Seriously, by the end of this year it was something of a running joke: “What will they change it to next?”  My money is on ~*RIFT*~.

Winner: Blizzard’s $25 Sparkle Pony

This was probably the most difficult category to figure out, mostly because it seemed as if every MMO studio was majorly out to fleece players this year through ridiculous cash shop prices.  While Blizzard’s $25 Celestial Steed may not even be the most expensive item out there, it instantly pushed the bar way higher for how much players would tolerate stupid prices in the name of buying their way to the top (in this case, one of the best mounts of the game).  Outrage, arguments and discussion ensued, all while Blizzard raked in millions from a sparkle pony.


  • Warhammer Online: Which allowed players to simply buy a level for $10.
  • Allods Online: Which vastly overpriced its necessary store items, driving players away from this promising title in droves.
  • Cryptic: For pretty much everything in the C-Store that should’ve come standard in the game.
  • Fallen Earth: For cash shop items that were highly priced for a niche title.
  • SOE: For the obscenely priced $55 guild name change service.

Winner: Star Wars: The Old Republic

Whew — another tough category with strong nominees.  When it comes to hype, it’s not a question of “which MMO” so much as “how loud they’re being.”  In the lead-up to 2011’s titles, there’s been so much noise that it’s hard to distinguish between them all.

That said, I’m giving the very slight edge to The Old Republic this year.  Between the marketing blitz, dev videos, convention appearances, constant reveals, and massive community, TOR is already at tsunami-levels of anticipation and hype.  Will it succeed?  Will it fail?  I don’t really care, as long as I can shoot Jedi with a laser cannon.


  • Guild Wars 2: This stalwart community treated even the tiniest scrap of news about GW2 with shirt-rending frenzy, and ArenaNet was not stingy with the announcements.
  • RIFT: I felt that the groundswell of hype only started to take purchase for this game in the past couple months, but since then, it’s been tremendous.  People aren’t calling it a WoW killer, but an improved WoW substitute?  I have heard that.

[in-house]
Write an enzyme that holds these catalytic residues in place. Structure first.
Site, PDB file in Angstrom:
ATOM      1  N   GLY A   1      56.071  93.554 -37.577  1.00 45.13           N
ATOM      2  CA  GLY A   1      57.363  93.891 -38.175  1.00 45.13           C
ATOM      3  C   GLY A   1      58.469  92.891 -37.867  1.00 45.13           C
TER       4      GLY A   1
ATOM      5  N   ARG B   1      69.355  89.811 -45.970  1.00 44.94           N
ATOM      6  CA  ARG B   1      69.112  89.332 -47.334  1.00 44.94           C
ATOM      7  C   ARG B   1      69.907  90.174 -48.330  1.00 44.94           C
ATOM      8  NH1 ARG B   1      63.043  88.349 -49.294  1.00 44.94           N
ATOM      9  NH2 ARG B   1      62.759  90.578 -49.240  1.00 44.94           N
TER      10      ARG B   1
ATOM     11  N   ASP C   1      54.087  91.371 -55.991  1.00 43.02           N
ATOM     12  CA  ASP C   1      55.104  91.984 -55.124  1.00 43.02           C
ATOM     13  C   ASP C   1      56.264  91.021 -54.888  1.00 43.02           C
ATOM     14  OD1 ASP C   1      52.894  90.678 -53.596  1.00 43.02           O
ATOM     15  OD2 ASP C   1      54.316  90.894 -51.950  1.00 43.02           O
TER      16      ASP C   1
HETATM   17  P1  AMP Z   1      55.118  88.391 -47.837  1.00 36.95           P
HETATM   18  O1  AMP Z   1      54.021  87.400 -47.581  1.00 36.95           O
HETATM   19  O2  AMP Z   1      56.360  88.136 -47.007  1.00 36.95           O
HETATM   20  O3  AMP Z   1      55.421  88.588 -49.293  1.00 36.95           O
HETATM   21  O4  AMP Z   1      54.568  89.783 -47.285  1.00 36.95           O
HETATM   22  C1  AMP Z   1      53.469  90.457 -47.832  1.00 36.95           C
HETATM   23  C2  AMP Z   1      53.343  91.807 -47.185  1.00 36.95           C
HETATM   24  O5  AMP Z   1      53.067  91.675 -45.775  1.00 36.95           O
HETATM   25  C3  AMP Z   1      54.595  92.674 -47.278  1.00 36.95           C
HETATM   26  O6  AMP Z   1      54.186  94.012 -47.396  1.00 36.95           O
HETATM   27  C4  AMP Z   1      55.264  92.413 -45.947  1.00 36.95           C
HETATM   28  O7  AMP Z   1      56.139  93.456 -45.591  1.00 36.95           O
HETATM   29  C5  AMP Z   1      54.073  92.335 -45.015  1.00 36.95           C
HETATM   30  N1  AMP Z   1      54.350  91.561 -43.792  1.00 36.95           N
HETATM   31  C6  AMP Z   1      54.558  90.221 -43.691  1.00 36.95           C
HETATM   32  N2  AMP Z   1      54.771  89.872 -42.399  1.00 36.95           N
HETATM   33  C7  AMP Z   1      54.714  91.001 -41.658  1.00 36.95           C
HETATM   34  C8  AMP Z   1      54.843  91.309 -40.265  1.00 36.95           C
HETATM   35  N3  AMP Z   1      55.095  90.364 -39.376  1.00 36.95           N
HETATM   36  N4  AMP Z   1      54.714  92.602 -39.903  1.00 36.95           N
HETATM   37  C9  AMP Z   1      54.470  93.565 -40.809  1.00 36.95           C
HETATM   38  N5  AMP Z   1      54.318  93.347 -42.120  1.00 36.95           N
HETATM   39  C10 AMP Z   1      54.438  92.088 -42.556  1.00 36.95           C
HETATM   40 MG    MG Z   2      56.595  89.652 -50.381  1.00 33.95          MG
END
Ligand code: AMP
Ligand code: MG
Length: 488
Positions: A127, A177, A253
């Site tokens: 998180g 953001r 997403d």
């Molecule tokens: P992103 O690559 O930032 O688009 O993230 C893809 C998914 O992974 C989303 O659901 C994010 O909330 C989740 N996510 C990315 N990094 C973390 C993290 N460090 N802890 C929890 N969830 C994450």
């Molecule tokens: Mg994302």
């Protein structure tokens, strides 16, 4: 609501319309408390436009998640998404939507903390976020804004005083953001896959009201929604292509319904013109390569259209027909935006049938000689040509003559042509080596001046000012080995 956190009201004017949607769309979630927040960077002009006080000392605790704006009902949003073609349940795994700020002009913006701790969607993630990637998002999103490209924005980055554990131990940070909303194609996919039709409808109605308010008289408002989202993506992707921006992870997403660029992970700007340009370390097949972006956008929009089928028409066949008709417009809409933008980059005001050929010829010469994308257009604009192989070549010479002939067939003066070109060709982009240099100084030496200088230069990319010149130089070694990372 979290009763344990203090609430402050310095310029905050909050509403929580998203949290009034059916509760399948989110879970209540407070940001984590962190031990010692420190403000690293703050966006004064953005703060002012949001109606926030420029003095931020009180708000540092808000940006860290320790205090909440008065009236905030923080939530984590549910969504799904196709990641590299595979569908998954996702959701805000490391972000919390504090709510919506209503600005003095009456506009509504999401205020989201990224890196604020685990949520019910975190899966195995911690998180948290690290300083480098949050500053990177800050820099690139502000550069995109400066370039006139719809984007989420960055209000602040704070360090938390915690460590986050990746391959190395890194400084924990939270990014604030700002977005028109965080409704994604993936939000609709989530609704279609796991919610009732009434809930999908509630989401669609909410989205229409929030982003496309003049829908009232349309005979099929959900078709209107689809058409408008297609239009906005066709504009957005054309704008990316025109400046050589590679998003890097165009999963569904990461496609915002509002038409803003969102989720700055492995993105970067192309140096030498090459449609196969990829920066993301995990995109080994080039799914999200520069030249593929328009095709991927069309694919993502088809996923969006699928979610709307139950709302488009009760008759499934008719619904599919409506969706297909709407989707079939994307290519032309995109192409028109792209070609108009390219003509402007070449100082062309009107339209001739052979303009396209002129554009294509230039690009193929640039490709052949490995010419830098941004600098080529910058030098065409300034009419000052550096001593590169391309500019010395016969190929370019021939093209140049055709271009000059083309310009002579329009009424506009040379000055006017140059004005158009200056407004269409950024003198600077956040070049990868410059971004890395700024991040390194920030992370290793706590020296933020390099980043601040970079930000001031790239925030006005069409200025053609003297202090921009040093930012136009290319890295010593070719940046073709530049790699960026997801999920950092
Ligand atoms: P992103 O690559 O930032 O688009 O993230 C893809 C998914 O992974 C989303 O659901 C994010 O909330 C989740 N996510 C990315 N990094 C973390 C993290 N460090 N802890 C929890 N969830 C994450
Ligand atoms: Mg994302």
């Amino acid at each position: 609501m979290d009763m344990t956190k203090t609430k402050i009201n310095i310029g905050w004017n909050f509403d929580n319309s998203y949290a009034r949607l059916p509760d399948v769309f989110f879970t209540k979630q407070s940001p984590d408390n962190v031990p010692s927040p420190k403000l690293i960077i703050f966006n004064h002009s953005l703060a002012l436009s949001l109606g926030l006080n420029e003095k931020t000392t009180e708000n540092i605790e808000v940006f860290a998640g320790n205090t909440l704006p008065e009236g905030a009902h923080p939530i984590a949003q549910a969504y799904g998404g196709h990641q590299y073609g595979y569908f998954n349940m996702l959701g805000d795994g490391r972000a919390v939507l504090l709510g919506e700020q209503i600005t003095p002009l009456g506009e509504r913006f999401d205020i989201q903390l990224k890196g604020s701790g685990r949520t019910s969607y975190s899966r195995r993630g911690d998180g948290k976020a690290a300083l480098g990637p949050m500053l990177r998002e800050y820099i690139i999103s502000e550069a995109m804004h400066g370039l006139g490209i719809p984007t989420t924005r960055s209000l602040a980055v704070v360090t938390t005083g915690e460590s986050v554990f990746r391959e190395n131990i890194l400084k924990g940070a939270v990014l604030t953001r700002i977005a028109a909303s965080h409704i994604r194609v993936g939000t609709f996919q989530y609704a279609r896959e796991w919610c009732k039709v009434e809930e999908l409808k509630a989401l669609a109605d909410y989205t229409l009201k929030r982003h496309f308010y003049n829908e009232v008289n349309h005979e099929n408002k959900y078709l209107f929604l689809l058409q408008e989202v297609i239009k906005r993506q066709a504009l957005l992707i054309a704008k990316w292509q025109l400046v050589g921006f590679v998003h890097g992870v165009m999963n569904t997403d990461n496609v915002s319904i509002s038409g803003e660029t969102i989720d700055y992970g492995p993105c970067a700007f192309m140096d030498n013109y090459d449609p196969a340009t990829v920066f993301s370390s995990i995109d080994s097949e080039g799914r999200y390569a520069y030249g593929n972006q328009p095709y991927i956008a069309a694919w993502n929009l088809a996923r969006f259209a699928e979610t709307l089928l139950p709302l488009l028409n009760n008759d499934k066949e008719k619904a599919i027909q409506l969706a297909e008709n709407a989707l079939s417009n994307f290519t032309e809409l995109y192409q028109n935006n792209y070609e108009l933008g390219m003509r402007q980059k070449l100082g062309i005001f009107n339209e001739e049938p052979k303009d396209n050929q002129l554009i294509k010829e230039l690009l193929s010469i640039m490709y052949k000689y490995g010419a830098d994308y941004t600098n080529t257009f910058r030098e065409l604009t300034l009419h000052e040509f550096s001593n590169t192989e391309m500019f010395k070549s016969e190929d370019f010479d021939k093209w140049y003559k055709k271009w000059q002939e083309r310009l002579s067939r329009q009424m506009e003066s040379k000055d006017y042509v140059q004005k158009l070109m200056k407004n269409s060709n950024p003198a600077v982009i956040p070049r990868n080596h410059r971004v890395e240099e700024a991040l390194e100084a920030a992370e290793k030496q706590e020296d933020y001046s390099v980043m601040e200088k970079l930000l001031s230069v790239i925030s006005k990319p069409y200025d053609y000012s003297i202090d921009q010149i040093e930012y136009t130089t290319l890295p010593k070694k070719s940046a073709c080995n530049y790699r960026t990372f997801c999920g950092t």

Posted in Flushies, Star Trek Online

2010 Flushies: Introduction and New MMO of the Year

It’s been a full year since the disastrous 2009 Flushie Awards, what with the dolphin casualties and the gratuitous references to Weebles and a drunken appearance by Mary-Kate and Ashley Olsen.  That is behind us now.  That is the past.  This… this is the FUTURE!  Of yesterday!

For the duration of this week, I’ll be presenting the (now) annual Flushies, a salute to the best, worst and weirdest of MMOs this year.

2010’s been an odd duck of a year, to tell the truth.  On one hand, it’s not been that great of a year for MMOs at all — very few high-profile games even launched, many of those did middling-to-tanking, and it seems that most of the major news ended up being about disasters in the industry.

Yet there’s been a lot of good this year as well, even so.  With the free-to-play market growing, several MMOs gained even larger audiences.  Genre conventions were challenged and challenged again, both by MMO studios themselves during the creation of future titles and by smaller projects like Minecraft that showed just how much players are itching to express themselves creatively in a multiplayer space.

It’s also helped to know that 2011 is when the next big wave of games are coming, which meant that this year was spent anticipating and building up to the future.  Depending how you see your glass, it could be half-empty with unfulfilled promises or half-full with soon-to-be-realized potential.

Anyway, enough jibber-jabber — it’s time to hand out these honortastic awards in the typical Bio Break style.  Which means fire, and lots of it.

Winner: Star Trek Online

As has been noted in many places less hygienically scrubbed than here, there’s a real temptation to simply say “Nobody” when this topic comes up and part as friends.  But that’s not us, and we’re not going to shy away from a challenge.  The topic calls for a winner, and a winner it shall have.

So why Star Trek Online?  I’ll admit, even if it was the only MMO that launched this year, it would still struggle to win this category.  It was rushed to launch (a charming Cryptic motif), it lacked a lot of essential content (end game, crafting), it was embroiled in controversy almost constantly for the first half year, and it didn’t exactly overwhelm anyone with rumored subscription numbers (around 100K, or so the story goes).

Yet, STO endured, and under the new management of Dan Stahl, actually started to live up to its namesake.  Diplomacy missions were added, crafting enhanced, the Klingon side fleshed out, special episodes created and so on.  The space combat got a lot of kudos from even passers-by, although the ground combat left a lot to be desired.

So while I’ve tried almost every new MMO this year (save Mortal Online and a couple smaller titles), STO has a true element of fun and addictiveness that has helped it to overcome Cryptic’s many attempts to hobble it.  Like it or not, I’m throwing it the New MMO of the Year award, and I will sleep well at night.


  • Vindictus — While its true status as an MMO is debated and its Asian MMO tropes apparent, Vindictus got a lot of praise for its rapid combat and ease of entry.
  • Global Agenda — Another dark horse candidate, GA tried to close the gap between FPS and MMO with mixed success, although it’s gained quite a few faithful followers.  Bonus points for killing the subscription and switching to the Guild Wars pricing model.